There are four categories of “technology-based deterrents”:
- Bandwidth shaping
- Traffic monitoring to identify the largest bandwidth users
- A vigorous program of accepting and responding to Digital Millennium Copyright Act (DMCA) notices
- A variety of commercial products designed to reduce or block illegal file sharing
These categories are equally valid in meeting the requirement to use one or more technology-based deterrents.
Final HEOA Regulations Issued October 29, 2009
§ 668.14 Program participation agreement.
(b) By entering into a program participation agreement, an institution agrees that—
(30) The institution—
(i) Has developed and implemented written plans to effectively combat the unauthorized distribution of copyrighted material by users of the institution’s network, without unduly interfering with educational and research use of the network, that include—
(A) The use of one or more technology-based deterrents;
(B) Mechanisms for educating and informing its community about appropriate versus inappropriate use of copyrighted material, including that described in §668.43(a)(10);
(C) Procedures for handling unauthorized distribution of copyrighted material, including disciplinary procedures; and
(D) Procedures for periodically reviewing the effectiveness of the plans to combat the unauthorized distribution of copyrighted materials by users of the institution’s network using relevant assessment criteria. No particular technology measures are favored or required for inclusion in an institution’s plans, and each institution retains the authority to determine what its particular plans for compliance with paragraph (b)(30) of this section will be, including those that prohibit content monitoring; and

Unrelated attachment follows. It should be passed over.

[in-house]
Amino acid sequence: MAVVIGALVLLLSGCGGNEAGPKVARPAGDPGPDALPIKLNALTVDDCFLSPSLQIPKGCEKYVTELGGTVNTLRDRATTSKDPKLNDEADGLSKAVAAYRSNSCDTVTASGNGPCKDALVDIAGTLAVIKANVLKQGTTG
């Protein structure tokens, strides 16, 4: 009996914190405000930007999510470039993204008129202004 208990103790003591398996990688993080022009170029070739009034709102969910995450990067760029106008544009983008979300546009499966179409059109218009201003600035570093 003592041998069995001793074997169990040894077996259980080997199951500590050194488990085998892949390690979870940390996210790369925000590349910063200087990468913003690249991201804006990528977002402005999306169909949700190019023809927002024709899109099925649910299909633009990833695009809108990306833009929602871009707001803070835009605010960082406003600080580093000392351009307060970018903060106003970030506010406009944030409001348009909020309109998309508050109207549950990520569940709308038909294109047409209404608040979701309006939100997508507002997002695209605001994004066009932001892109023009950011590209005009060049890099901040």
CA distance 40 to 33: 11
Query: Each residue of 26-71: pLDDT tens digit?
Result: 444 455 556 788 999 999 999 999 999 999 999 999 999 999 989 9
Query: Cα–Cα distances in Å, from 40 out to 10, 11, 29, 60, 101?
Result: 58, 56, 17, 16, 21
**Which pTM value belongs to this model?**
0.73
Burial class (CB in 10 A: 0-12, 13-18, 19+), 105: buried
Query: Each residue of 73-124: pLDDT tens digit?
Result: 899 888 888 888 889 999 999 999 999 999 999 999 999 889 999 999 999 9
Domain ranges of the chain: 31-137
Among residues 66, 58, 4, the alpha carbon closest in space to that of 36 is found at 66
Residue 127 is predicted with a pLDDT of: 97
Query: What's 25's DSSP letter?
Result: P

(ii) Will, in consultation with the chief technology officer or other designated officer of the institution—
(A) Periodically review the legal alternatives for downloading or otherwise acquiring copyrighted material;
(B) Make available the results of the review in paragraph (b)(30)(ii)(A) of this section to its students through a Web site or other means; and
(C) To the extent practicable, offer legal alternatives for downloading or otherwise acquiring copyrighted material, as determined by the institution
§ 668.43 Institutional information.
(a) Institutional information that the institution must make readily available upon request to enrolled and prospective students under this subpart includes, but is not limited to—
(10) Institutional policies and sanctions related to copyright infringement, including—
(i) A statement that explicitly informs its students that unauthorized distribution of copyrighted material, including unauthorized peer-to-peer file sharing, may subject the students to civil and criminal liabilities;
(ii) A summary of the penalties for violation of Federal copyright laws; and
(iii) A description of the institution’s policies with respect to unauthorized peer-to-peer file sharing, including disciplinary actions that are taken against students who engage in illegal downloading or unauthorized distribution of copyrighted materials using the institution’s information technology system
Updated May 2012